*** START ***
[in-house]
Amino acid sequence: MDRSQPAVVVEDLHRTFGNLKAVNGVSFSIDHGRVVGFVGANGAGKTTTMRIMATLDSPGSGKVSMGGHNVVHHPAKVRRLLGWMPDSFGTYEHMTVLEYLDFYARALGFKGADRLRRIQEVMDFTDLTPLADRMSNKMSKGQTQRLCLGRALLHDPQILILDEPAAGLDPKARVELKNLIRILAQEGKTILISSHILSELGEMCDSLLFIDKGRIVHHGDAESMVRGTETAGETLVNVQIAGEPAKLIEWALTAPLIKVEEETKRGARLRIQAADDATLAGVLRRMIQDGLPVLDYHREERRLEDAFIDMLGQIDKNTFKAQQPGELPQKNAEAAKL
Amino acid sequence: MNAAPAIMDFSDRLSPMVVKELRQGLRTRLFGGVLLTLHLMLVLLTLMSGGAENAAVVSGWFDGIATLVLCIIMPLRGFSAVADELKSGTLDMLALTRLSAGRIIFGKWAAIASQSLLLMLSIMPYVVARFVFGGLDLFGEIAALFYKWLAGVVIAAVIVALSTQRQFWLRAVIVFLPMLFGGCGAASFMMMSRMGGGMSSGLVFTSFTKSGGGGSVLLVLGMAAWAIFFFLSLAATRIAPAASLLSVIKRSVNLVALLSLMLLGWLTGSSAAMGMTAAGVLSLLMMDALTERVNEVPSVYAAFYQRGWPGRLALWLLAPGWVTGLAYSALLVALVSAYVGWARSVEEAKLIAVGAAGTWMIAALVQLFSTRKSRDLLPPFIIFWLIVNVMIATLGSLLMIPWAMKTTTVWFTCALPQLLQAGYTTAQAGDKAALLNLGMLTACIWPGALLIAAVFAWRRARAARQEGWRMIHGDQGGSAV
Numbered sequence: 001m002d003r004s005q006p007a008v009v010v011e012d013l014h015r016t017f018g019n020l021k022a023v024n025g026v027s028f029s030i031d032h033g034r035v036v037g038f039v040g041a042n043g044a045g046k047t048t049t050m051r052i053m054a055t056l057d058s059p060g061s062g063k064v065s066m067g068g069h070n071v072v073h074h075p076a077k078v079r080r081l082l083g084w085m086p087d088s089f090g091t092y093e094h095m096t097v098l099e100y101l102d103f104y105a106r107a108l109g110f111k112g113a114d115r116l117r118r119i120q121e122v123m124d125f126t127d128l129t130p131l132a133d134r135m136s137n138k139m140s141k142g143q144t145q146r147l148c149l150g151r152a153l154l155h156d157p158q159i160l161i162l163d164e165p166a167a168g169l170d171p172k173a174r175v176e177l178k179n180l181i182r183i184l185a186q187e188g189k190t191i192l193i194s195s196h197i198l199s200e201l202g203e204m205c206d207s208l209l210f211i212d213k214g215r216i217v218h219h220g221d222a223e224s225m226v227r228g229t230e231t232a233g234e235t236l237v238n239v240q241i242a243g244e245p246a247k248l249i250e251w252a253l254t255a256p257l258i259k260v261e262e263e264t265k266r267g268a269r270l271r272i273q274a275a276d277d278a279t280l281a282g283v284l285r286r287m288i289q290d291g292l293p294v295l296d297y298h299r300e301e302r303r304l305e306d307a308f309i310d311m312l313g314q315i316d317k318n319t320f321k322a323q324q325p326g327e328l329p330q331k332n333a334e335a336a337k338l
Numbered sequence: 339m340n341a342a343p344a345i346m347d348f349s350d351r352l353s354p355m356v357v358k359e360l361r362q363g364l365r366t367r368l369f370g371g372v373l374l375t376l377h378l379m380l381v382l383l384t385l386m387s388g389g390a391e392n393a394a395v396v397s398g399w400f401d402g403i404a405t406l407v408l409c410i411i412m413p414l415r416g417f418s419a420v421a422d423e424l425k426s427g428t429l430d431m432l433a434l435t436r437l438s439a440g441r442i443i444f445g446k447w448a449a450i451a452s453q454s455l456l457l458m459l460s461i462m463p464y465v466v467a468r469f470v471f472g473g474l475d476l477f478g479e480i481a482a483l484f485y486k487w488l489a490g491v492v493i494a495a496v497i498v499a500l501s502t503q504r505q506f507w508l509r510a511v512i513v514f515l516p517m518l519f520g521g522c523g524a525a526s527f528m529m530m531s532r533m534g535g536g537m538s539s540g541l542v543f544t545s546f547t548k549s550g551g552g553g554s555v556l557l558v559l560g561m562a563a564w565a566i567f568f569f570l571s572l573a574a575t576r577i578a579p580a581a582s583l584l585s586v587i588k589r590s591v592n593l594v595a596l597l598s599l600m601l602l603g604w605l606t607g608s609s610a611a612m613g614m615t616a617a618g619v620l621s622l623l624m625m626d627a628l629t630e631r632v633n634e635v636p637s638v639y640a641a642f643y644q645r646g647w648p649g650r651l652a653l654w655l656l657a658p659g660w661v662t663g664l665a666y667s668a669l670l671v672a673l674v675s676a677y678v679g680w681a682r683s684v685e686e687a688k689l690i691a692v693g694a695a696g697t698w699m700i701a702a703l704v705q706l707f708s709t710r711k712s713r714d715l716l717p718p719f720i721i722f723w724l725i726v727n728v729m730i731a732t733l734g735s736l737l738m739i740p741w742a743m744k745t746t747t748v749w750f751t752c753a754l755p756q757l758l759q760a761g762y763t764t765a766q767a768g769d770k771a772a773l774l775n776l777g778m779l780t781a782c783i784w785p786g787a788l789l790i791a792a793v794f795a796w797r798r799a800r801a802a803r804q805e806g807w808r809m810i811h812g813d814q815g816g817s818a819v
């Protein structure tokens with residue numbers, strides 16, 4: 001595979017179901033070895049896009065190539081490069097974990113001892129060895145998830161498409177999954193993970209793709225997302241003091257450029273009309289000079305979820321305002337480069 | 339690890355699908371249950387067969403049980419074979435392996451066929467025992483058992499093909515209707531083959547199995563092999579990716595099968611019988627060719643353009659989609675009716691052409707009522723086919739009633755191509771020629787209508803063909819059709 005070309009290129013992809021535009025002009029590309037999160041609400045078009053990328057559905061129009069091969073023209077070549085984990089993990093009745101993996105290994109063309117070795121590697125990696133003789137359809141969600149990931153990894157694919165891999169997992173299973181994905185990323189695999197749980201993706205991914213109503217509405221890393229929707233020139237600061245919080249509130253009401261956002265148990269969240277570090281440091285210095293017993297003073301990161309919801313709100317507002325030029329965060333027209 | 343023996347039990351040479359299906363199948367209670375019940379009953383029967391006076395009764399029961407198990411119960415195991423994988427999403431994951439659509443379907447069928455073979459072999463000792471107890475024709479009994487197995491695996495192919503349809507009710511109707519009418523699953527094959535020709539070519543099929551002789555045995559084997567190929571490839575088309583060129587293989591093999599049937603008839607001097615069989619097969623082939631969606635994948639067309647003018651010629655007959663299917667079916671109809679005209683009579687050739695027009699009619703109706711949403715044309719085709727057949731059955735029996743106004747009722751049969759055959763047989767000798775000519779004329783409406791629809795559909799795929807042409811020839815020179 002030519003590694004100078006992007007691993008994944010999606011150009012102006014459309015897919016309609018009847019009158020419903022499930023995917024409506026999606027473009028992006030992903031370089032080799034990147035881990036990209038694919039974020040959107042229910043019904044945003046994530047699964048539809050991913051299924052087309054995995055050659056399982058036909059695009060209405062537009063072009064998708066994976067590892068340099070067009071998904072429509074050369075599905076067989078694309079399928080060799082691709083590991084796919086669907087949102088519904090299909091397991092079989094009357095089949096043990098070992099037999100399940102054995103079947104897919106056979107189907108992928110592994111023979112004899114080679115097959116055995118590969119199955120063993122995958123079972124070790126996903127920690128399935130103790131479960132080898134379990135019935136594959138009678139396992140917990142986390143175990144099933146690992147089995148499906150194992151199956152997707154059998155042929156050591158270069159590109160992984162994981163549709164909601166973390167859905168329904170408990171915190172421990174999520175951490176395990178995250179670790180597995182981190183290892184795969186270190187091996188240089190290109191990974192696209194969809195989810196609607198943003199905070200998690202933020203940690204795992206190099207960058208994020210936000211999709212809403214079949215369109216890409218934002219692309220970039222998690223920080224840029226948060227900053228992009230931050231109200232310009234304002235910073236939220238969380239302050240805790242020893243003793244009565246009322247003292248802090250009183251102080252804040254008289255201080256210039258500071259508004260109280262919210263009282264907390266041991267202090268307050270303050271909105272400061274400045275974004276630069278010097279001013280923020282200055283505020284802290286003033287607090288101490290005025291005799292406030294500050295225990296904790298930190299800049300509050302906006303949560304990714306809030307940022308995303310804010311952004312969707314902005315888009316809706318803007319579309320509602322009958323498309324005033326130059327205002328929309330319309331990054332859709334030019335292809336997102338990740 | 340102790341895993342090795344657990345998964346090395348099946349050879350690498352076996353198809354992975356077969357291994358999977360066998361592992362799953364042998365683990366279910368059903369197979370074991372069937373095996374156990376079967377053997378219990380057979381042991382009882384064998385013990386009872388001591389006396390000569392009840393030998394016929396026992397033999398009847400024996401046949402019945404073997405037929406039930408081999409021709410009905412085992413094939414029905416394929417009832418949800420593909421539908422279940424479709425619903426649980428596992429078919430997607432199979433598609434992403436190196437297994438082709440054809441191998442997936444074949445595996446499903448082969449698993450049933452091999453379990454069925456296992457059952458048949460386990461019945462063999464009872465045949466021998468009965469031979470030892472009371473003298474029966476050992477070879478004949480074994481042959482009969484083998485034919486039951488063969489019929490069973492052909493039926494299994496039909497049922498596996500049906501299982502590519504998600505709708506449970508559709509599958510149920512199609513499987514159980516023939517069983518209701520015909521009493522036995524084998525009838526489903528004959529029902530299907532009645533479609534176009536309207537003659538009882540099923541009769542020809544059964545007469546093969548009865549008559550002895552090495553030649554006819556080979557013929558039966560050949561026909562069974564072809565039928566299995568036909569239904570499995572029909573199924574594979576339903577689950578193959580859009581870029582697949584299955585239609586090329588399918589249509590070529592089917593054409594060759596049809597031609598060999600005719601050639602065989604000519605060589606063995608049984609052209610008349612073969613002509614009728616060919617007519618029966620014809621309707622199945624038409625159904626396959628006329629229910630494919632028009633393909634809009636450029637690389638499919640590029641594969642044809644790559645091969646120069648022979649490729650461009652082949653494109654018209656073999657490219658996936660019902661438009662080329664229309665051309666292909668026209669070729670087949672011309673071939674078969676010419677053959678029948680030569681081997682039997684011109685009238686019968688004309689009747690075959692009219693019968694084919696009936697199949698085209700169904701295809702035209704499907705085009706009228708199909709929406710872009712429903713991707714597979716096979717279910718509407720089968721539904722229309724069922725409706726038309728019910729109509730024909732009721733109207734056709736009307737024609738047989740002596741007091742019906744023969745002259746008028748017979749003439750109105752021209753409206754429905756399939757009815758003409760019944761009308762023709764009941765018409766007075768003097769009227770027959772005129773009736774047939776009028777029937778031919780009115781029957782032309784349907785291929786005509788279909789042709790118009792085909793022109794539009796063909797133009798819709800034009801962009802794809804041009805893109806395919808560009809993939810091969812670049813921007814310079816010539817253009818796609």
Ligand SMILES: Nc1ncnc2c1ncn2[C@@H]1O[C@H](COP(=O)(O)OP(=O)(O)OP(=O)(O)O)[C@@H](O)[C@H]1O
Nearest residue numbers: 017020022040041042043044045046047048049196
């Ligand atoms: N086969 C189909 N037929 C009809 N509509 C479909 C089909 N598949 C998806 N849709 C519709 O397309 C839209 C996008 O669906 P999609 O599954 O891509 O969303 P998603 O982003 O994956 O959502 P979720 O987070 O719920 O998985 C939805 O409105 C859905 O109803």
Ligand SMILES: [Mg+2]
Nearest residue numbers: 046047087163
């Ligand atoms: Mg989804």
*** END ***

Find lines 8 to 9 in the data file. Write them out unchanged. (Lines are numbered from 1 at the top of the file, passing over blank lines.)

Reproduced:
Nearest residue numbers: 017020022040041042043044045046047048049196
């Ligand atoms: N086969 C189909 N037929 C009809 N509509 C479909 C089909 N598949 C998806 N849709 C519709 O397309 C839209 C996008 O669906 P999609 O599954 O891509 O969303 P998603 O982003 O994956 O959502 P979720 O987070 O719920 O998985 C939805 O409105 C859905 O109803």